Tuesday, April 14, 2009

Howard Duff: Tough? (1948 magazine spread)

When the article below ran in the May, 1948 issue of Radio and TV Mirror magazine, actor Howard Duff (1913 - 1990) had been portraying detective Sam Spade in a weekly radio series for a couple of years.

(click on image to enlarge in a new window)

His popularity in that role would propel him further into a long career in films and TV in the 1950s and beyond.

Click here to enlarge page one of this article and read the text.

Follow links to continue reading the article in a new window:
- Part 2
- Part 3

'The Adventures of Sam Spade' premiered on radio in june of 1946, airing on Friday nights on the ABC network.

The hard-boiled detective's creator, mystery author Dashiell Hammett was marginally involved in the radio production, at least at the beginning.

With the relatively unknown Duff in the lead role, the series quickly caught on, and soon moved to a more prominent spot on Sunday evenings, now airing on CBS. It shifted networks again in 1949, moving over to NBC.

In 1950, both Howard Duff and Dashiell Hammett found their names appearing in 'Red Channels', the Hollywood Blacklisting-era pamphlet that listed entertainment industry professionals with supposed Communist ties.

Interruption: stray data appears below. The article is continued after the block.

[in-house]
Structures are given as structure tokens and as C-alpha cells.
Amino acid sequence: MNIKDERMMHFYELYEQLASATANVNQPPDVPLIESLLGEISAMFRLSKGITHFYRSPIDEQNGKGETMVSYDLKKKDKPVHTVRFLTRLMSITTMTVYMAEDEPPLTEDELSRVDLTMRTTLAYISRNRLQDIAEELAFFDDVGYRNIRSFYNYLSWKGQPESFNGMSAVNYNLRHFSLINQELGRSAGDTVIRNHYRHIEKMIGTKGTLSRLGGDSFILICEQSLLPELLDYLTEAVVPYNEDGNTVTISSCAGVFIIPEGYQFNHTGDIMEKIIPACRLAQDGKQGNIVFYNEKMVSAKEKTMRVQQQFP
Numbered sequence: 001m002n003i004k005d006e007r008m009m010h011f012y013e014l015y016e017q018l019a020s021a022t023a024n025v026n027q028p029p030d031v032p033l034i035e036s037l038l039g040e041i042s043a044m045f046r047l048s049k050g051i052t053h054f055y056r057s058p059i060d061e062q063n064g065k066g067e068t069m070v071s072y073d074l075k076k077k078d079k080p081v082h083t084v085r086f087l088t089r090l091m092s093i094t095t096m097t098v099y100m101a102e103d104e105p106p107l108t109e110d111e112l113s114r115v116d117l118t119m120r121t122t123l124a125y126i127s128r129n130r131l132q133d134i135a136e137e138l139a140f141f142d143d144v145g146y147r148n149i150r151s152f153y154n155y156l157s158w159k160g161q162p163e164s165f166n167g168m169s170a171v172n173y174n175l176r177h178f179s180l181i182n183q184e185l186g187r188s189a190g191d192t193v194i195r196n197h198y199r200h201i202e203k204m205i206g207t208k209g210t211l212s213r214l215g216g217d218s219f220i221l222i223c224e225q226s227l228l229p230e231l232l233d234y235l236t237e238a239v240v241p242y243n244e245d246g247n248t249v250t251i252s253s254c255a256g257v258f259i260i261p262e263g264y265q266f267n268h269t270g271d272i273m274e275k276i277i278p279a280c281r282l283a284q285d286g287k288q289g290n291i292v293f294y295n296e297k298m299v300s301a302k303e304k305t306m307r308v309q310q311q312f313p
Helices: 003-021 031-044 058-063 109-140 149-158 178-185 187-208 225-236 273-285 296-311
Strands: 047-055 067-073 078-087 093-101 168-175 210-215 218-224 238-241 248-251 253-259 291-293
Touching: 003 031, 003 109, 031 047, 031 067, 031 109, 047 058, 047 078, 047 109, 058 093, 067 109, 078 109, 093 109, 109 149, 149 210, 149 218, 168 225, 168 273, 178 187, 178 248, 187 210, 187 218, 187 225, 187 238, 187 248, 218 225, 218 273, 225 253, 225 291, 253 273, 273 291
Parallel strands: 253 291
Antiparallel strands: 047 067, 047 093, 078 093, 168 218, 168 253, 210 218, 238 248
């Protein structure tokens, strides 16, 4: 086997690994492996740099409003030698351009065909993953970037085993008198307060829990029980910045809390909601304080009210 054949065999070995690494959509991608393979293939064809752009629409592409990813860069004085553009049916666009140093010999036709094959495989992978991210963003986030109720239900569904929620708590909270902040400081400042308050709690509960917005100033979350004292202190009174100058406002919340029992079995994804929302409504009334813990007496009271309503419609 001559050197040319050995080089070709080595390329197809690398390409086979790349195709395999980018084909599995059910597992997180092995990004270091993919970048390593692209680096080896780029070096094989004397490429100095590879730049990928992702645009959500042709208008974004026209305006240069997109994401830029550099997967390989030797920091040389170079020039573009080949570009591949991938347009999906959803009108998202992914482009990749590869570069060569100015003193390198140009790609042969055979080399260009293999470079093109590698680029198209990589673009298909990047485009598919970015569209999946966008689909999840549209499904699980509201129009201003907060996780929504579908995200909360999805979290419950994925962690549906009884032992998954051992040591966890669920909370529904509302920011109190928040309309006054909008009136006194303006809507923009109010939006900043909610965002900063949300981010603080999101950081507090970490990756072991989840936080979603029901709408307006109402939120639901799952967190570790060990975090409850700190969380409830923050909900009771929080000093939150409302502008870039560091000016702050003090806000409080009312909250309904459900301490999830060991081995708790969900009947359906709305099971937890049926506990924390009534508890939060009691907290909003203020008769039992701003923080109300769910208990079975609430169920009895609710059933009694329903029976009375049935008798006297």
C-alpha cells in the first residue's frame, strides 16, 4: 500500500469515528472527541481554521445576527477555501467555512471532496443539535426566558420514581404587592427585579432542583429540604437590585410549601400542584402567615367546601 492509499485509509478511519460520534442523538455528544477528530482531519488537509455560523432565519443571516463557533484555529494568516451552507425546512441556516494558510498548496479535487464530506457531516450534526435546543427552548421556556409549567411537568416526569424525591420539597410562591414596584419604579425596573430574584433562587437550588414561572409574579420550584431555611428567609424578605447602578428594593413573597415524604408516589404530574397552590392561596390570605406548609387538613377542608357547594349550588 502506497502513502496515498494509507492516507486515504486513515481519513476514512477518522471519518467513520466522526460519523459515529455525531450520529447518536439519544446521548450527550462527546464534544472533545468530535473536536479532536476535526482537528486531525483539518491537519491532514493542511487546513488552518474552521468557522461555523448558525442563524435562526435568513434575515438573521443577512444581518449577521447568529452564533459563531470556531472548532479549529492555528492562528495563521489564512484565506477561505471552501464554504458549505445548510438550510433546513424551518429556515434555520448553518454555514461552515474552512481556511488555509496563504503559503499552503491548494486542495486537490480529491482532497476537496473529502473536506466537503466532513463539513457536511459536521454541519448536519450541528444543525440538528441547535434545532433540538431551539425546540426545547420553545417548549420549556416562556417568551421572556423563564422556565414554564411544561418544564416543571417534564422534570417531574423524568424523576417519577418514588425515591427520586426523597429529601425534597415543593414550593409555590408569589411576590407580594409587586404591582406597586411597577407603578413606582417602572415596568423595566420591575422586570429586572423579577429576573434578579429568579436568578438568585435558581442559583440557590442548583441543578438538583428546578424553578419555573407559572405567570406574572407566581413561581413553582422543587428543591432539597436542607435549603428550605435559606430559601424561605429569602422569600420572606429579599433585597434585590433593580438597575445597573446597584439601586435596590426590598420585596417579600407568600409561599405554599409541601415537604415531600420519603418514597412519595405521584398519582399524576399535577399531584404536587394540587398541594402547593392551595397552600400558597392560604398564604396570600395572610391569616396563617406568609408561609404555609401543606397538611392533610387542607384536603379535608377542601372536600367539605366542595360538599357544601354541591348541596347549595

Howard Duff was soon able to clear his name, but not before the Sam Spade show was brought to a sudden demise. The series would be revived for a final season, but without Howard Duff, and minus Dashiel Hammett's name.
This left Duff free to pursue more movie work, which led to several kick-ass film noir roles in the '50s, among other performances.

Following his "tempestuous" late 1940s relationship with actress Ava Gardner (between her marriages to Artie Shaw and Frank Sinatra, and somewhere amidst her relationship with Howard Hughes) Duff married actress/filmmaker Ida Lupino in 1951.

Episodes of 'The Adventures of Sam Spade' featuring Howard Duff can be heard online at a couple of 'Old Time Radio' locations:

-The Internet Archive has a couple of good stashes of episodes.

- The OTR.Network has a nice selection too, using Real Player and featuring sound quality that is perhaps a bit more consistent.

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